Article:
Prevalence of metabolic syndrome in patients with psoriasis.

Department of Dermatology, Goztepe Training and Research Hospital, Istanbul, Turkey.
The Scientific World Journal (Impact Factor: 1.22). 01/2012; 2012:312463. DOI: 10.1100/2012/312463
Source: PubMed

ABSTRACT Psoriasis is a chronic inflammatory skin disorder in which proinflammatory cytokines including IL-6 and TNF-α increase both locally and systematically. It is thought that chronic inflammation results in metabolic diseases and proinflammatory cytokines give rise to the development of atherogenesis, peripheral insulin resistance, hypertension, and type 2 diabetes. Our aim was to investigate the prevalence of metabolic syndrome in patients with psoriasis vulgaris.
Study consisted of 115 plaque-type psoriasis patients and 140 healthy individuals. Data including body weight, height, waist circumference, body-mass index, and arterial blood pressure were collected. Fasting blood glucose, triglyceride, and HDL levels were determined. International Diabetes Federation Criteria for Metabolic Syndrome and Insulin Resistance were used for evaluating patients with metabolic syndrome and diabetes.
Compared to the control group, metabolic syndrome, diabetes mellitus, and hypertension were found to be higher in psoriasis patients. Metabolic syndrome was increased by 3-folds in psoriasis patients and was more prevalent in women than in men. It was determined that the prevalence of metabolic syndrome was higher in psoriasis patients after the age of 40. Metabolic syndrome was not related to smoking, severity of psoriasis, and duration of disease.
Our findings suggest that psoriasis preconditions occurrence of a group of diseases such as diabetes mellitus, hypertension, and metabolic syndrome. For this reason, patients with psoriasis should be treated early and they should be followed with respect to metabolic diseases.

  • Source
    [Show abstract] [Hide abstract]
    ABSTRACT: Recent studies have suggested that obesity, hyperlipidemia, ischemic heart diseases, metabolic syndrome and hypertension can combine with psoriasis. However, the metabolic comorbidities have not been clearly demonstrated in Korean psoriasis patients. The purpose of this study was to analyze the association between psoriasis and metabolic abnormalities including obesity, glucose intolerance, hypertension and dyslipidemia in our center. Treatment response of cyclosporine between a high body mass index (BMI) group and normal BMI group was also analyzed to investigate how obesity may affect psoriasis treatment. A retrospective observational study was made on the obesity and metabolic status of psoriasis patients versus normal control group through electronic medical records from January 2008 to April 2009 at Department of Dermatology, Samsung Medical Center, (Seoul, Korea). Medical records, demographics and the Psoriasis Area and Severity Index score before and after cyclosporine treatment were analyzed. There were no significant differences in the metabolic status between normal control and psoriasis patients. Also, there was no significant difference in the treatment response between high BMI group and normal BMI group, after 4 weeks and 8 weeks of cyclosporine treatment. Our study suggests that in Korean patients, an association between psoriasis and metabolic abnormalities is not obvious. This may reflect a different severity of obesity and metabolic abnormalities between Western and Asian populations.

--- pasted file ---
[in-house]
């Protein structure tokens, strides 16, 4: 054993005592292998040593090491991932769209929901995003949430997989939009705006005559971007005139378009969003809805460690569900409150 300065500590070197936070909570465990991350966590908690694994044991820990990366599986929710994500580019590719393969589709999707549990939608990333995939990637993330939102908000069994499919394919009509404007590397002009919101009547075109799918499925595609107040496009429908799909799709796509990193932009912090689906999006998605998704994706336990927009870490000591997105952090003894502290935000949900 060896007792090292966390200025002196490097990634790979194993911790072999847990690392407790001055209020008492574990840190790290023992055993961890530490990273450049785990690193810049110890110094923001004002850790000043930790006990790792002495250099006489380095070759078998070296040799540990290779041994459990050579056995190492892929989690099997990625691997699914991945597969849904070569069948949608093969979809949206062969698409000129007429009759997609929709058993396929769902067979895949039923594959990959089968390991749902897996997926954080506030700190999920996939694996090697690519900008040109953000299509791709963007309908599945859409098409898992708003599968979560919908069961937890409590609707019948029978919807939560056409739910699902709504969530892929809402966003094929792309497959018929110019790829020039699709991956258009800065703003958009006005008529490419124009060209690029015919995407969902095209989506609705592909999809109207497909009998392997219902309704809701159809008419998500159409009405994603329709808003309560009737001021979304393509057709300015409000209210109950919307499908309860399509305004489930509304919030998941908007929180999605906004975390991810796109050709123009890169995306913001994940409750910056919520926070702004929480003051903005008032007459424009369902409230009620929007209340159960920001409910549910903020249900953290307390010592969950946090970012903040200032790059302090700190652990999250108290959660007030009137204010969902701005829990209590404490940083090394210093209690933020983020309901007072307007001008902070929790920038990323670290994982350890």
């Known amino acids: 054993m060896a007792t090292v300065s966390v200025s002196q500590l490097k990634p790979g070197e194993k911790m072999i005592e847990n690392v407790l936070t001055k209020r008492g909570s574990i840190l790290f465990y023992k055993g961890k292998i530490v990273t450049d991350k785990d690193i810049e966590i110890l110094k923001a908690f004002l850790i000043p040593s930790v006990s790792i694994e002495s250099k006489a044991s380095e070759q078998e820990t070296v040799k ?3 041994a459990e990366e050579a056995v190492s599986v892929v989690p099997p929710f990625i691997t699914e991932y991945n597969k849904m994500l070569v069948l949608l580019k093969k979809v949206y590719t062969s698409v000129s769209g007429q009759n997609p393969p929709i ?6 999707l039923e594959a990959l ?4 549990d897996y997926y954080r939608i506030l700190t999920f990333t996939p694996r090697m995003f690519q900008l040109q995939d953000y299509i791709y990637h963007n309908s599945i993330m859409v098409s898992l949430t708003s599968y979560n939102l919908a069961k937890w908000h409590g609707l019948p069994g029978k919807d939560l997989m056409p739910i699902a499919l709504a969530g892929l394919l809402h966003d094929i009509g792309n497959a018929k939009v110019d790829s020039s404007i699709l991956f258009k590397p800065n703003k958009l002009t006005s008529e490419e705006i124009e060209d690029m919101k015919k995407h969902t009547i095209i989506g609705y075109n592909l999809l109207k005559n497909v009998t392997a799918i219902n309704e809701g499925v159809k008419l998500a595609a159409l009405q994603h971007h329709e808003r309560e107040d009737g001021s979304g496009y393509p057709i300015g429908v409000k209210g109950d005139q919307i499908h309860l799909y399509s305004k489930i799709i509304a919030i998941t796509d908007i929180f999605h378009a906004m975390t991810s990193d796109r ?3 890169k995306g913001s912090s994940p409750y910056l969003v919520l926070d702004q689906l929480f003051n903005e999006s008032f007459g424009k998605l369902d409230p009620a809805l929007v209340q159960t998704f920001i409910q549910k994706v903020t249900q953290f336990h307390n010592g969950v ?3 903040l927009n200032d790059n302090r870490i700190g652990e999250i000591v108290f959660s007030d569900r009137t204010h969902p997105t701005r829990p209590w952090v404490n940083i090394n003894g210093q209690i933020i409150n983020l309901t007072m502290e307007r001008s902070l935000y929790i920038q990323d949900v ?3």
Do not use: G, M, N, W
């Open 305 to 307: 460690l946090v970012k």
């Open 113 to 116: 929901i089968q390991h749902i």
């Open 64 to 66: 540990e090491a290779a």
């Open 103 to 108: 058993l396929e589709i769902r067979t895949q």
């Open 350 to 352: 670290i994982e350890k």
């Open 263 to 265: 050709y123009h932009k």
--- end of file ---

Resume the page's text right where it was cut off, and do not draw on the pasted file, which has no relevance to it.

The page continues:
Annals of Dermatology 11/2013; 25(4):440-4. · 0.95 Impact Factor
  • [Show abstract] [Hide abstract]
    ABSTRACT: Psoriasis patients are at increased risk of developing the metabolic syndrome (MS). Proinflammatory cytokines such as tumor necrosis factor-α, interleukin-6 that are increased in the psoriatic plaques are known to contribute to features of MS such as hypertension, dyslipidemia and insulin resistance.
    Indian dermatology online journal. 04/2014; 5(2):132-7.
  • [Show abstract] [Hide abstract]
    ABSTRACT: Previous studies have shown a higher prevalence of metabolic syndrome in patients with psoriasis compared to controls. However, little attention has been paid to the effect of systemic anti-psoriatic drugs on the metabolic syndrome. The aim of this study was to investigate the association between psoriasis and the metabolic syndrome, by comparing untreated patients with psoriasis and population based control. We conducted a hospital-based case-control study that included 122 untreated patients with plaque psoriasis and 122 age- and gender-matched controls. There was no significant difference in the prevalence of the metabolic syndrome between the patients with psoriasis (24.6 %) and the controls (22.9 %) (OR 1.095, 95 % CI 0.607-1.974). Among the components of the metabolic syndrome only hypertriglyceridemia and abdominal obesity were associated with psoriasis. The psoriatic patients with metabolic syndrome had a higher mean age (p = 0.001), and higher mean BMI (p = 0.001) compared with the psoriatic patients without metabolic syndrome. The metabolic syndrome was not associated with the severity of psoriasis. Untreated patients with psoriasis have no significantly higher prevalence of the metabolic syndrome than healthy controls. Our data suggest that systemic antipsoriatic drugs may play an important role in the pathogenesis of the metabolic syndrome.
    Journal der Deutschen Dermatologischen Gesellschaft 12/2013; 11(12):1169-1175. · 1.40 Impact Factor

Full-text (2 Sources)

Available from
May 31, 2014